Sunday, April 11, 2010
In Pleasant Valley
It was all mood and mist in Pleasant Valley, South Canterbury the day I was introduced to the very delightful St. Anne's Church, a tiny architectural joy, tucked into the rural landscape, away from the road, behind a stand of old yew and poplar trees.
There, in the middle of fields and byways, a sign on the side of the road, 'advertising' the Family Eucharist service the next day. It was too good to pass up - the chance to wander into the silent church yard (before the Sunday service), to think about the building, the misty graveyard and all who had come and gone since the church was built in 1863.
St Anne's in fact, is the oldest church still in use in South Canterbury. Built of native timbers - matai, kahikatea and totara, felled in the bush directly behind the church - it stands as a reminder of industrious pioneer times. If you peer through the window (and sadly that's all we could do because the door was locked), you can still see the marks of the pit-saws and adzes, used to construct the interior rafters and the pews.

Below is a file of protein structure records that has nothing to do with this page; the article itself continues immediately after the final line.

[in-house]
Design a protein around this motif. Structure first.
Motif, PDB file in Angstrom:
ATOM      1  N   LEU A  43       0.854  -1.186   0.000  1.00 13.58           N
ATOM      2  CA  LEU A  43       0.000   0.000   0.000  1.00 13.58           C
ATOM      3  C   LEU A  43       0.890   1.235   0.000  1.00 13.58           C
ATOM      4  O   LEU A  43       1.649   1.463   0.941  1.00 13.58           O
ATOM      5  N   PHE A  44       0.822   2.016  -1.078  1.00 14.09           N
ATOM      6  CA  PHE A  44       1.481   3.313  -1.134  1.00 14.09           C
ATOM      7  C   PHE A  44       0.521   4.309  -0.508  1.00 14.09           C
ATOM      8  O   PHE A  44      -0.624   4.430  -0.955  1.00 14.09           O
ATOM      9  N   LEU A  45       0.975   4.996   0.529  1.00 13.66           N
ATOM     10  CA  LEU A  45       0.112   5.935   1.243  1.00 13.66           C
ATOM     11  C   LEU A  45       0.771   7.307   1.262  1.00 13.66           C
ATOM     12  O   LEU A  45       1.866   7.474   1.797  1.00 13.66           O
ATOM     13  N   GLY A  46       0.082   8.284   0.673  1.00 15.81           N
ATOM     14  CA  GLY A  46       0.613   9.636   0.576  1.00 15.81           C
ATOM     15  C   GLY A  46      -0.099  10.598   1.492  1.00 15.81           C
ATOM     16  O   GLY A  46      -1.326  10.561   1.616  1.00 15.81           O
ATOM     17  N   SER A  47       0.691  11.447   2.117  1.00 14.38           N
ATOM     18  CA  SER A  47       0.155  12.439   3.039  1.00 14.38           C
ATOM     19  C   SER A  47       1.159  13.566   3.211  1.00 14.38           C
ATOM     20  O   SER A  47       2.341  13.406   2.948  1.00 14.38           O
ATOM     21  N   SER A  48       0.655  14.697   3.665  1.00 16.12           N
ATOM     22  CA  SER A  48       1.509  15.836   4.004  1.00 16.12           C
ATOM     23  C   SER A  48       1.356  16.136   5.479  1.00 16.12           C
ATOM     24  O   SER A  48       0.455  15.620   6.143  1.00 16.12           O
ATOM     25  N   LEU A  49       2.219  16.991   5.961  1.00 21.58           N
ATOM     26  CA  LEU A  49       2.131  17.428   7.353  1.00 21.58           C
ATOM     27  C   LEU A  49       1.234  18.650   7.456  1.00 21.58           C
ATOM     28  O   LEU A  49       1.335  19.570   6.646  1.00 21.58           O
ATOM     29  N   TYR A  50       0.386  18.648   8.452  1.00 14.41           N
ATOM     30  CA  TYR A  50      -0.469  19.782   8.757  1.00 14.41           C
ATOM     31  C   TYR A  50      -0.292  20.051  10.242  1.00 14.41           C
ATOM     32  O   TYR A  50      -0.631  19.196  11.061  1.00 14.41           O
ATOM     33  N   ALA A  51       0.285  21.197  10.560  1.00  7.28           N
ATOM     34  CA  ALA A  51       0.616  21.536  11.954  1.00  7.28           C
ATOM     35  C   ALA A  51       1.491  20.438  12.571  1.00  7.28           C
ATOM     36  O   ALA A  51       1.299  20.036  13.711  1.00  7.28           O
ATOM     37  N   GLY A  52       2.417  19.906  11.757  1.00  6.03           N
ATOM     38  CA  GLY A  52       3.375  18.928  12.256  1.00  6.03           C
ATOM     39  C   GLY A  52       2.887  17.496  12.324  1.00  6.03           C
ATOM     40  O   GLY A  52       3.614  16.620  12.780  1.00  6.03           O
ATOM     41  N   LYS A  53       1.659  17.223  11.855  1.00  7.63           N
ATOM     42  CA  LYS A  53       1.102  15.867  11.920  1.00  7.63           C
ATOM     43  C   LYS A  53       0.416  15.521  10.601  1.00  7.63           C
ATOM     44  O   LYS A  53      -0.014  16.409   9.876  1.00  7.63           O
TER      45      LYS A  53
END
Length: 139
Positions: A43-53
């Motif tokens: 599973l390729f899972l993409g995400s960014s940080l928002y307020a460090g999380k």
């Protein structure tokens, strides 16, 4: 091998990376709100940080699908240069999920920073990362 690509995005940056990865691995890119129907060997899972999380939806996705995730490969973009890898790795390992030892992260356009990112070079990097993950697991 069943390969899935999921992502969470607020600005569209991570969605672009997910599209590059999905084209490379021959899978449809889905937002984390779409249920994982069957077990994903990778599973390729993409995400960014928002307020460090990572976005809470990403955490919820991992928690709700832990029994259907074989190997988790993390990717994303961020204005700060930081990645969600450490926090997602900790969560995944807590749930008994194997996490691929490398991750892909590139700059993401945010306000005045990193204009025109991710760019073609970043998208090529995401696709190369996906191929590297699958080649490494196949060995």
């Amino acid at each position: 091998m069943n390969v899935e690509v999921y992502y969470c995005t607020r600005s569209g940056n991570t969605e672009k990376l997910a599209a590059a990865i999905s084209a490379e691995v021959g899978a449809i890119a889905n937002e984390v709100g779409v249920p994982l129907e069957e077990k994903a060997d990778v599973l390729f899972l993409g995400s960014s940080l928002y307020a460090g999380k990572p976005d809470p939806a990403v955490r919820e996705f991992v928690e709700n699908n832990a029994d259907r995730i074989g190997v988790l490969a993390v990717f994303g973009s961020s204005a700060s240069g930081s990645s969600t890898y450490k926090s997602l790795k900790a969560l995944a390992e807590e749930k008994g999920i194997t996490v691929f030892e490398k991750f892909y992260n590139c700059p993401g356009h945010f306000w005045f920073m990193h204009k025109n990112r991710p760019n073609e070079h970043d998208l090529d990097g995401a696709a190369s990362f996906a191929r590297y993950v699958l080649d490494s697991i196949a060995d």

I loved its moody little cemetery enshrouded in mist; its cute arched windows; the white iron sign hanging against the yew tree; and the handwritten sign on the gate, reminding the locals of services held "every 4th Sunday." All a lovely legacy from the original settlers of the district, who built the church with volunteer labour.